Review: 2008 Chevrolet Corvette
This 2008 review is representative of model years 2005 to 2013.
By Dan Jedlicka of MSN Autos
The 2008 Chevrolet Corvette's larger base 430-horsepower V8 isn't what the car realistically needs because the 2007 model had more than enough sizzle with 400 horsepower than typical Corvette buyers needed.
The Vette's new V8 has been enlarged from 6 liters to 6.2 liters and also produces more torque than the car's 2007 V8. It can be ordered with a $1,195 "dual-mode" exhaust system that lets horsepower climb to 436. The added power is from an exhaust that bypasses the quieter of two passage through the mufflers.
Unlike the overhead-camshaft engines in most rivals, the Corvette V8 has a pushrod design, although it's an advanced one and is less complicated than an overhead-cam engine.
The Z06 is less comfortable than a regular 'Vette, feeling much like a race-ready street car with a higher-performance suspension that provides a stiffer ride, uprated brakes and unusually large, wide tires for a street machine.
Two Regular Trim Levels
The Z06 originally started out as a lower-cost Corvette that would be within reach of working class folks, which was the case with 1960s and 1970s 'Vettes. But Chevy was selling so many high-profit regular Corvettes when considering a low-cost, entry level version several years ago, it figured it would shoot the works and opt for an even more expensive, higher-horsepower version. Hence, the first Z06.
No lower-cost, entry level 'Vette looks like it's on the horizon. Instead, a more powerful Corvette than the Z06 is reportedly in the works to battle lower-production rivals such as the $83,895 Dodge Viper, which has an 8.4-liter V10 engine with 600-horsepower.
Corvette rivals keep adding power, so Chevy must figure it has to do the same.
The Corvette got a major redesign for 2005, so the only exterior difference between the 2007 and new Corvettes are new wheels. But there are major mechanical differences, which help make the car feel more refined.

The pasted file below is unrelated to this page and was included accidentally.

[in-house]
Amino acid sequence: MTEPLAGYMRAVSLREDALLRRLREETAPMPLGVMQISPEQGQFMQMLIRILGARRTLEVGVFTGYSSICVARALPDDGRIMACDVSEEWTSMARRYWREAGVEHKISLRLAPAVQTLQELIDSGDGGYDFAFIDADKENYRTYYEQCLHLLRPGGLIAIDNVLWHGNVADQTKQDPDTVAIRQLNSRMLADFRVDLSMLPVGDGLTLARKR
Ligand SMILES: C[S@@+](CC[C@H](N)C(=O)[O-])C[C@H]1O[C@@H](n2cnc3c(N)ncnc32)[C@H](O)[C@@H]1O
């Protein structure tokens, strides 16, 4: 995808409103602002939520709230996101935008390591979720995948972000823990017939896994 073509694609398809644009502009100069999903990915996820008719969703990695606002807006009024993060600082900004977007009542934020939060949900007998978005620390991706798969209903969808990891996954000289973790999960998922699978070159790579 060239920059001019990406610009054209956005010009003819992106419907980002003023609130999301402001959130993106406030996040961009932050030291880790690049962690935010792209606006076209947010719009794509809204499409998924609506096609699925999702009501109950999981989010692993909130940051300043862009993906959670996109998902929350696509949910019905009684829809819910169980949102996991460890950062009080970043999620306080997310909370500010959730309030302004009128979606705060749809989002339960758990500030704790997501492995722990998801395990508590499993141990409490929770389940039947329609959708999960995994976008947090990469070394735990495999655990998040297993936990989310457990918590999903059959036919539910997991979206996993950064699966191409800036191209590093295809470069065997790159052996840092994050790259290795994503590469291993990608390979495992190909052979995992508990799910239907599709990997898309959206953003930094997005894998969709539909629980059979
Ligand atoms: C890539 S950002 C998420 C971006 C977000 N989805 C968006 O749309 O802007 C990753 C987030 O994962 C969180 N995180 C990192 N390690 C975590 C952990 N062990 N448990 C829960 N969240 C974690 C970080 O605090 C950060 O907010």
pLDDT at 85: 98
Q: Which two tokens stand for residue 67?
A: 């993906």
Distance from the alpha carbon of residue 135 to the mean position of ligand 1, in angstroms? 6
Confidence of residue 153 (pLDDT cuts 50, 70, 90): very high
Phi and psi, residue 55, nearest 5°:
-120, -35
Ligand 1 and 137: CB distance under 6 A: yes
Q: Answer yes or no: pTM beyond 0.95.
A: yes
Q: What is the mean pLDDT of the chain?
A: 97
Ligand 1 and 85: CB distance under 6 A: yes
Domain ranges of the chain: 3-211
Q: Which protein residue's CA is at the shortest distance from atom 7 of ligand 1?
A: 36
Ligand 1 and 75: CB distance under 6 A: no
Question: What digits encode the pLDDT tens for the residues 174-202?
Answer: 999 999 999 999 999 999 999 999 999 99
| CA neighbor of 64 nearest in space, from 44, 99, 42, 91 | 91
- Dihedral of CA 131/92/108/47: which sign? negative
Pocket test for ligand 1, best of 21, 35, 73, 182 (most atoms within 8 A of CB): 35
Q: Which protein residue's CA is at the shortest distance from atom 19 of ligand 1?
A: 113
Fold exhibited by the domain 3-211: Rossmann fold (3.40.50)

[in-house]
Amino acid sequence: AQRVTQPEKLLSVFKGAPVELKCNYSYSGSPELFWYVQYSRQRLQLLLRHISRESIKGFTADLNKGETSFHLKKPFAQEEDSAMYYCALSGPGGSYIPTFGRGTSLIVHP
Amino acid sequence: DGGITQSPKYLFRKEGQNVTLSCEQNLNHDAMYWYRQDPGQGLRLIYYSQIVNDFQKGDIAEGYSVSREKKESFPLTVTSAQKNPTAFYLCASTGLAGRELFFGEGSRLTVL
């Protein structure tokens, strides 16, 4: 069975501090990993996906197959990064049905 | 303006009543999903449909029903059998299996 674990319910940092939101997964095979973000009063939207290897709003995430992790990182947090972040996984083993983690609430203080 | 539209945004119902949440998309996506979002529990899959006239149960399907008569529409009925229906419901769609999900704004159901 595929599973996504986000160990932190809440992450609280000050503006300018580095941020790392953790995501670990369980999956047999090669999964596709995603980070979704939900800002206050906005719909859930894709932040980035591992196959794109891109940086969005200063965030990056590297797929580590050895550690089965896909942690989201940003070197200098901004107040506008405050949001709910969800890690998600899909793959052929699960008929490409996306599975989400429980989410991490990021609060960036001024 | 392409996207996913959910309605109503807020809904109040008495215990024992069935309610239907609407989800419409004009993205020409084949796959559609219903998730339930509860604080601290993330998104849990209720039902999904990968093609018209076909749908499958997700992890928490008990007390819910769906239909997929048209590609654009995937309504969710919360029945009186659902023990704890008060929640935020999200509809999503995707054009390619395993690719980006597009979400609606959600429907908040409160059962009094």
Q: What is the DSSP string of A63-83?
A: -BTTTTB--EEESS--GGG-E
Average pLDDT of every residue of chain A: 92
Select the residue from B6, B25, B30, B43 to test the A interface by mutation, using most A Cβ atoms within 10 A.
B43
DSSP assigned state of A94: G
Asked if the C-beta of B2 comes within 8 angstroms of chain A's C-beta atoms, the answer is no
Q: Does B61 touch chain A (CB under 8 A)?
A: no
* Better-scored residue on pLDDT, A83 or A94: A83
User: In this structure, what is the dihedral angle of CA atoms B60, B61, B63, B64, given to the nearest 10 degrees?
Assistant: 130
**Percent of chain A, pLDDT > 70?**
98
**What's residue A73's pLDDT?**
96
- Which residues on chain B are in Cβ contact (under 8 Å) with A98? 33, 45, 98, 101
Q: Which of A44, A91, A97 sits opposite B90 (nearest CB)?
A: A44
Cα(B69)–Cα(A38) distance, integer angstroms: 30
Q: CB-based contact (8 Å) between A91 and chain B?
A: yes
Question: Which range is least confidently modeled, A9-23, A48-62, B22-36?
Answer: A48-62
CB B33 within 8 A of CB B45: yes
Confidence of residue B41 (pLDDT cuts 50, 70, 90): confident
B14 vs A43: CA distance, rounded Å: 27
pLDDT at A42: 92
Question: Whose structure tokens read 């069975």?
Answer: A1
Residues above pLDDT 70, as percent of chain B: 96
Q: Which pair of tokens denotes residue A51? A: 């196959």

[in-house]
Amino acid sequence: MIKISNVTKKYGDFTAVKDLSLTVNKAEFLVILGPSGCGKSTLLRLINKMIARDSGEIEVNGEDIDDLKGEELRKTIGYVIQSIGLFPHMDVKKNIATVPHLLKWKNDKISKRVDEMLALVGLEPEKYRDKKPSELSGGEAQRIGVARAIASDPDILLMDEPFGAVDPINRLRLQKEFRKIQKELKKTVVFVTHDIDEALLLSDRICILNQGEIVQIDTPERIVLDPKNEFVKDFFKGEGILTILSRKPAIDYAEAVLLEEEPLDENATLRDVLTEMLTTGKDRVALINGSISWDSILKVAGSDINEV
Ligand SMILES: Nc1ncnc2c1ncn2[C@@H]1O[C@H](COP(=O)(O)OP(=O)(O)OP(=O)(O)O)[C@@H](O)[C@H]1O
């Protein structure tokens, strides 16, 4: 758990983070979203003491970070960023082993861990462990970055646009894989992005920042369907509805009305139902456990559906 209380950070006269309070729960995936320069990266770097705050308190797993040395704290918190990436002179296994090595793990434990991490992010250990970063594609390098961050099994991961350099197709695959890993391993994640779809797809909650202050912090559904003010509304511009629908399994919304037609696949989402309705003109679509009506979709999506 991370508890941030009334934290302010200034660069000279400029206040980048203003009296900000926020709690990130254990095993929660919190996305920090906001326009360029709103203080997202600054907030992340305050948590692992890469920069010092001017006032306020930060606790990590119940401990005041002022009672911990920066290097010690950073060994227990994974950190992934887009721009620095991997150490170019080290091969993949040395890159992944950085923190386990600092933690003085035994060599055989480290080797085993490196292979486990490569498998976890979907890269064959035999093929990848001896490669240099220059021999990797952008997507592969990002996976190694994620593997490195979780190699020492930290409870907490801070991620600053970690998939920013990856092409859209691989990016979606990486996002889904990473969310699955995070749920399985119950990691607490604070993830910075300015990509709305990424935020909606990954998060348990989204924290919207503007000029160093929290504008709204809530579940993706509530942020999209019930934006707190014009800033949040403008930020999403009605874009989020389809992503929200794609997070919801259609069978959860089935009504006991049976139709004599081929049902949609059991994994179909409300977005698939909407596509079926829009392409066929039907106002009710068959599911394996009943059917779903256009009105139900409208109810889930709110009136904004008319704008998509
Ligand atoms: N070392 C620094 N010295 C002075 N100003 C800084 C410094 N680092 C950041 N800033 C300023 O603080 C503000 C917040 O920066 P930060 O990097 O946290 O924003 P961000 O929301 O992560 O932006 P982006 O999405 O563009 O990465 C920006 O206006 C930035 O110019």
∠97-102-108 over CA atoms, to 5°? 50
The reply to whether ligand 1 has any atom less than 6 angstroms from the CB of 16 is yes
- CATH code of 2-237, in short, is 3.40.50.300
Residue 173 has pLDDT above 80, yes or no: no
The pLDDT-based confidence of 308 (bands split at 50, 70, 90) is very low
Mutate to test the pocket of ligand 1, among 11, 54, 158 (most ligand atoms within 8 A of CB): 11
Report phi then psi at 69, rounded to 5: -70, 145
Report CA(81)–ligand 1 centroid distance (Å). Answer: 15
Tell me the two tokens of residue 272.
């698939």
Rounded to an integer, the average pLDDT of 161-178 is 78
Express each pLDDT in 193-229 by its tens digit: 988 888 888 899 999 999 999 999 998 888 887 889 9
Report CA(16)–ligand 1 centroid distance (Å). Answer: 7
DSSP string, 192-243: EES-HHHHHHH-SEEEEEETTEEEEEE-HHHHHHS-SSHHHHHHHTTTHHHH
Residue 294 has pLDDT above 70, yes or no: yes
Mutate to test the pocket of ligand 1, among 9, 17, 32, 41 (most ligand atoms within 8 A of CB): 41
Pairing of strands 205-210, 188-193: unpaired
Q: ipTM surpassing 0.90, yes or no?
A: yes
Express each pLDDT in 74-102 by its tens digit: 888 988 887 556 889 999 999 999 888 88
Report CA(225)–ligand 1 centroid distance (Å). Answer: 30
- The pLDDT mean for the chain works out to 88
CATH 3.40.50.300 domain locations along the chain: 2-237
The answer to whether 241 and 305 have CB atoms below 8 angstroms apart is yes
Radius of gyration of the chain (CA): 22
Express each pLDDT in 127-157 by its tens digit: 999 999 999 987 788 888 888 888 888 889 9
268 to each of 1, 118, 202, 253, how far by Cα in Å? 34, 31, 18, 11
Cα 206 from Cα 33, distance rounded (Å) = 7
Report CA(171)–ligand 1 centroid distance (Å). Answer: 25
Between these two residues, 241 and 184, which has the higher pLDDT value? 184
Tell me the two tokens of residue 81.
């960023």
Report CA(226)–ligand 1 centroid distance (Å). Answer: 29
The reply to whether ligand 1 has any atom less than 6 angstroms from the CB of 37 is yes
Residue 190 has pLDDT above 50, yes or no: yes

Improved Steering And Shifting
The interior has been upgraded and can be given a real uptown look with the (gulp!) $8,005 (hatchback) and $8,600 (convertible) 4LT Preferred Equipment Group. This upscale interior—also offered for the Z06 in the $6,545 3LZ Preferred Equipment Group— has finely stitched 2-tone leather on the dashboard, door panels and seats, along with unique interior trim.
Options Escalate Price
You might figure that a power tilt/telescopic wheel would be standard in a $45,000-plus car. And side air bags (standard on the convertible) shouldn't be in a costly option package. (You can get them for the coupe in a $1,496 option package that also has perforated leather upholstery and a 6-way power passenger seat.)
My test car also had a $1,695 "Z51" Performance Package, with larger cross-drilled brake rotors and a performance-tuned (spell "firmer") suspension, which didn't affect the comfortable ride much.
Then there were the $1,295 polished aluminum wheels, $750 removable transparent roof panel and that power-enhancing dual-mode exhaust. How many Corvette owners really need the special exhaust for that 6 extra horsepower?
Extras Not Really Needed
The standard suspension is fine for fast, safe driving. So are the regular brakes.
The new Corvette provides decent highway fuel economy for such a high-performance car despite its added power—and lower EPA fuel economy ratings for 2008 cars. It's an estimated 16 mpg in the city and 26 on highways with the manual transmission and 15 and 25 with the automatic. The Z06 comes only with a 6-speed manual and delivers 15 mpg in the city and 24 on highways.
Difficult In And Out
Gauges can be read quickly, and the nicely placed controls are easy to use. But the seats can be improved, and small interior push-button door openers are more gimmicky than practical.
High Trunk Liftover
It's too bad we never saw the proposed lower-cost entry Corvette, but the 2008 model is even more of an outstanding performance bargain.